Psychological thriller The Gone Game was shot almost entirely from home during the lockdown; Image: The Gone Game
It was the initial days of the Covid-19 pandemic. Everything was under complete shutdown and all conventional shoots had come to a halt. As other sectors were innovating with business models and people were adjusting to work from home, the entertainment industry, too, began experimenting with the made-from-home content.
In March itself, the team at Bodhi Tree Multimedia, a Mumbai-based production house, began brainstorming. They wanted to come up with something different, but they knew the story had to be relevant-yet-practical to implement. Soon, they settled on a thriller set during the lockdown.
“It started as an experiment, so we needed to build that self-confidence on whether we could execute a project of good quality, considering the restraints,” says Mautik Tolia, CEO, Bodhi Tree Multimedia and producer of the web series The Gone Game. The team first made a trailer, then devised ways to improve on the idea, and later pitched it to the studios. The thriller, set during the pandemic, where there is more than meets the eye in the death of a coronavirus victim, was shot remotely.
Ordinarily, completing a web series of this scale would take a 100-member team and six to seven months of writing, then another couple of months in production and post production. But for The Gone Game, writing to post production was completed in two months, all with a team of just 20.
Most actors were apprehensive when first approached for the remote filmmaking process. The cast had to go through a workshop to understand the technical aspects of shooting and using cameras as they were going to work from home and would have to take care of multiple things: Set design, camera, lighting and acting. “We were suddenly the heads of all departments. You had to make sure everything was ready before the shoot,” says actor Shweta Tripathi, who plays Amara Gujral, the Covid-19 victim’s sister who believes her brother is still alive.
It was not an easy task, she adds. “I live with family, and I had to ask them all to put their phones on silent, not to watch anything on loud during the shoots—it’s not easy especially when you are stuck at home,” she says, adding that her husband shot most of the scenes for her.
Like Tripathi, the entire cast had just the director’s voice guiding them, and sometimes, a family member helping out with the shoot. “Acting is all about reacting,” says Sanjay Kapoor, who plays Rajeev Gujral, the father of the Covid-19 victim. “No matter how good you are as an actor, the other actor complements you. Here, there was no actor around me. They were doing their part and I was doing mine. For some of the selfie shots, I was looking at myself act, which is very unnerving,” recalls Kapoor, adding that he had to ‘bribe’ his 15-year-old son to help out with some shots. For some other shots in the bedroom, he remembers how Nikhil [Nagesh Bhat, director] would ask him to make the room messier. “And my wife would look at it and say, ‘Why don’t you pick up the clothes from the chair? It looks so bad’,” he says laughing.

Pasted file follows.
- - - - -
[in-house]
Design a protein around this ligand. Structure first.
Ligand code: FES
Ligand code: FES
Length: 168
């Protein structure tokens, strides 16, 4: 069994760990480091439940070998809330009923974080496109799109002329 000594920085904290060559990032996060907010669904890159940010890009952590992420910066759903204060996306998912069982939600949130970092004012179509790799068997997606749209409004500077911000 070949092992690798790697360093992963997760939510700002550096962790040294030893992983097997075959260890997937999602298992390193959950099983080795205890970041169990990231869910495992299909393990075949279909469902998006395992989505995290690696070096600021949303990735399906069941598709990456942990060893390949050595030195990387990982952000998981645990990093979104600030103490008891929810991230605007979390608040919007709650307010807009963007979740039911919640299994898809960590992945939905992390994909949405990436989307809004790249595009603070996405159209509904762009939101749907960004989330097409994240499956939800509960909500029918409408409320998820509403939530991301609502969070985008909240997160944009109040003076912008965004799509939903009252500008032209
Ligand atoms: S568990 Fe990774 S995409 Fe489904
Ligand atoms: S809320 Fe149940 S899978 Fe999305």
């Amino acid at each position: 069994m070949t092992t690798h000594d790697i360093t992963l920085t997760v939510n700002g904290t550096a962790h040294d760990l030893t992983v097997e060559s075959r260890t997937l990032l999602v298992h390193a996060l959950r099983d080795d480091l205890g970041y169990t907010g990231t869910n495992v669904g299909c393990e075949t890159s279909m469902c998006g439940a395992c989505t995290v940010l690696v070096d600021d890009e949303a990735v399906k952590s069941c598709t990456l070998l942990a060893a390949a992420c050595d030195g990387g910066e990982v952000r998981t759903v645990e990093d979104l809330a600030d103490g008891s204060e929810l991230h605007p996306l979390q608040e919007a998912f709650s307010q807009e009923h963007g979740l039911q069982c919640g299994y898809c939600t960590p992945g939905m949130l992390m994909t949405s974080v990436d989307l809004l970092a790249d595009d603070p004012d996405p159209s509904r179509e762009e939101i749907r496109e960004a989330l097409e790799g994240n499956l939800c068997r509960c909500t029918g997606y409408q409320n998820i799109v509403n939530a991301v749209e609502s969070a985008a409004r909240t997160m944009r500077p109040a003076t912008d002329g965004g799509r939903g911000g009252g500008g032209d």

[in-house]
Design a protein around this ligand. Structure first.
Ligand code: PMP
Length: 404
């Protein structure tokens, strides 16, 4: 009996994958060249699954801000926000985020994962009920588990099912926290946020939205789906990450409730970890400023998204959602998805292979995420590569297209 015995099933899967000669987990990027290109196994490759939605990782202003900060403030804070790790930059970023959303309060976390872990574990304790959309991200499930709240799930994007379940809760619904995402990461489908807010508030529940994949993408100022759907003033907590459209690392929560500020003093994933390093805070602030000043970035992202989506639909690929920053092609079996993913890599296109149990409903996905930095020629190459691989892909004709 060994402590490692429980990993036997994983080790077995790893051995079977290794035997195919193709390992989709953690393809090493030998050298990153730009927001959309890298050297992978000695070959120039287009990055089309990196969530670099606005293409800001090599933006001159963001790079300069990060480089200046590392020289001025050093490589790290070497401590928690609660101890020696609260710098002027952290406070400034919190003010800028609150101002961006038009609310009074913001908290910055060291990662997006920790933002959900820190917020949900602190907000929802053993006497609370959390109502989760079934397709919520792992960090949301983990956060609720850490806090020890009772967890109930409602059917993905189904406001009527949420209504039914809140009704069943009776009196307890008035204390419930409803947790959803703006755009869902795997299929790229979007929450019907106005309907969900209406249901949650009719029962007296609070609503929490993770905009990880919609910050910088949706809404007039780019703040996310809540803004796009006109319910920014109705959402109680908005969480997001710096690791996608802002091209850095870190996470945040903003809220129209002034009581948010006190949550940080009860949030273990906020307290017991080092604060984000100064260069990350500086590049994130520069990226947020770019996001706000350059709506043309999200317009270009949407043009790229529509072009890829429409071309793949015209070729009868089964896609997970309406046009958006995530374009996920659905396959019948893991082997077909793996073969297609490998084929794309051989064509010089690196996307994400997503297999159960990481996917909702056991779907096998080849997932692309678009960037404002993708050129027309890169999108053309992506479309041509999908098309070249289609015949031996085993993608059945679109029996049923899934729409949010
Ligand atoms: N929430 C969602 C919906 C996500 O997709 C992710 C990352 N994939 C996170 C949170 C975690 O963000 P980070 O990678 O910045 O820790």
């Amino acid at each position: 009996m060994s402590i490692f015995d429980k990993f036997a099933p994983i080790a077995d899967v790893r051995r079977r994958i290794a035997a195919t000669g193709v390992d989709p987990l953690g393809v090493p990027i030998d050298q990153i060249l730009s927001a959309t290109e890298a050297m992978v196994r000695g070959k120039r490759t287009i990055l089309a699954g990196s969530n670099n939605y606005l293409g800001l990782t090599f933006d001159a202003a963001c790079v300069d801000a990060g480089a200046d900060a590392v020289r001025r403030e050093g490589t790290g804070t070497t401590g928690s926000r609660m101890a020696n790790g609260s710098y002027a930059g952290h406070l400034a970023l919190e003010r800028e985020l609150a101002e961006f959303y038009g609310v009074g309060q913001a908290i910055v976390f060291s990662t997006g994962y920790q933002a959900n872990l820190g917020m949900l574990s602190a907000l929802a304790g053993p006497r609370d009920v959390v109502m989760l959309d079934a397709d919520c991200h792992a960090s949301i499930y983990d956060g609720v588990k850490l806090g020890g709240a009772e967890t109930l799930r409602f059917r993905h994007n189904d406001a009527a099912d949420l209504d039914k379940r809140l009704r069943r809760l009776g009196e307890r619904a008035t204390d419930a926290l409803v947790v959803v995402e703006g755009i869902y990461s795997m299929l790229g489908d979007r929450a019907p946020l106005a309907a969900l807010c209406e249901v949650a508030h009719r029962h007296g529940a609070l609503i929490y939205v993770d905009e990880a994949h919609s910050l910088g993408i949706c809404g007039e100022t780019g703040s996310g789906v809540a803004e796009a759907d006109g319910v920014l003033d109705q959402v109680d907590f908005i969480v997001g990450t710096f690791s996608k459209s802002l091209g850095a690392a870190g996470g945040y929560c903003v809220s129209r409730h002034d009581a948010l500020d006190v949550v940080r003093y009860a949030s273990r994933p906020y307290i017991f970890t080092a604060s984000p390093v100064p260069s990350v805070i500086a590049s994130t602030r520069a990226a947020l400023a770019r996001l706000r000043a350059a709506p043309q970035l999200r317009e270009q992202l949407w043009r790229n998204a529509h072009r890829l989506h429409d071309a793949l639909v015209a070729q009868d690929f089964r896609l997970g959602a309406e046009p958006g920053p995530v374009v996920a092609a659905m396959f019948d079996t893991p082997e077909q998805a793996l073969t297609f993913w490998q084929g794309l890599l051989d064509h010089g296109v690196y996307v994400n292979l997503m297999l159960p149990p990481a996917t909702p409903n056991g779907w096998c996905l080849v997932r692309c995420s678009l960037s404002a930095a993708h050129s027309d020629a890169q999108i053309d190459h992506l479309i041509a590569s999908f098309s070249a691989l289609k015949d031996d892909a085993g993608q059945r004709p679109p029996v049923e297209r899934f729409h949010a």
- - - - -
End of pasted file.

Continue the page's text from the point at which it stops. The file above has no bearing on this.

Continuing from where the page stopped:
Writing of the shows is typically a standalone process; however, since the actors could not be in the same frame, storyboarding had to continue all through. “Since the team was very lean, everyone was involved in all the processes from the very beginning. The director and DOP (director of photography) had to understand how scenes would be shot from the first stage since reshooting was not a luxury they had,” says Tolia.
For OTT platform Voot Select, on which the show is now airing, it was a risk to buy-in. “But we saw the trailer and read the script, and were confident it would work,” says Ferzad Palia, head–Voot Select, Youth, Music and English Entertainment, Viacom18, the parent company of Voot. “From day one, we knew we were not making a lockdown show, but a show which is set during the lockdown. If we were to produce the series today, with some things opened up, it may not have been very different, except there would be a set and more cameras involved.”
Terribly Tiny Tales (TTT) released two short films—Half of My Heart and Banana Bread—in June. Both were shot at home by the actors with the directors on call. The production time went up as two or three people had to do all the work compared to 30 to 40 individuals in case of a regular shoot; Butterflies, another offering from TTT; Image: Terribly Tiny Talkies
TTT or Terribly Tiny Tales is another platform that worked towards creating stories despite the multiple restrictions that came with the lockdown. “Our aim was to create interesting storylines and not be bogged down by the perils of the pandemic,” says Sharanya Rajgopal, TTT studio head. For the micro-fiction platform, the year began with successful releases, but the pandemic made it hit the pause button for many projects. “Initially, with two successful movies back to back, we thought this year is going to be incredible. We were telling the stories we wanted to, and brands were paying attention to us. It was in March that we realised that the pandemic will severely impact us, so we all decided to start working remotely,” adds Rajgopal.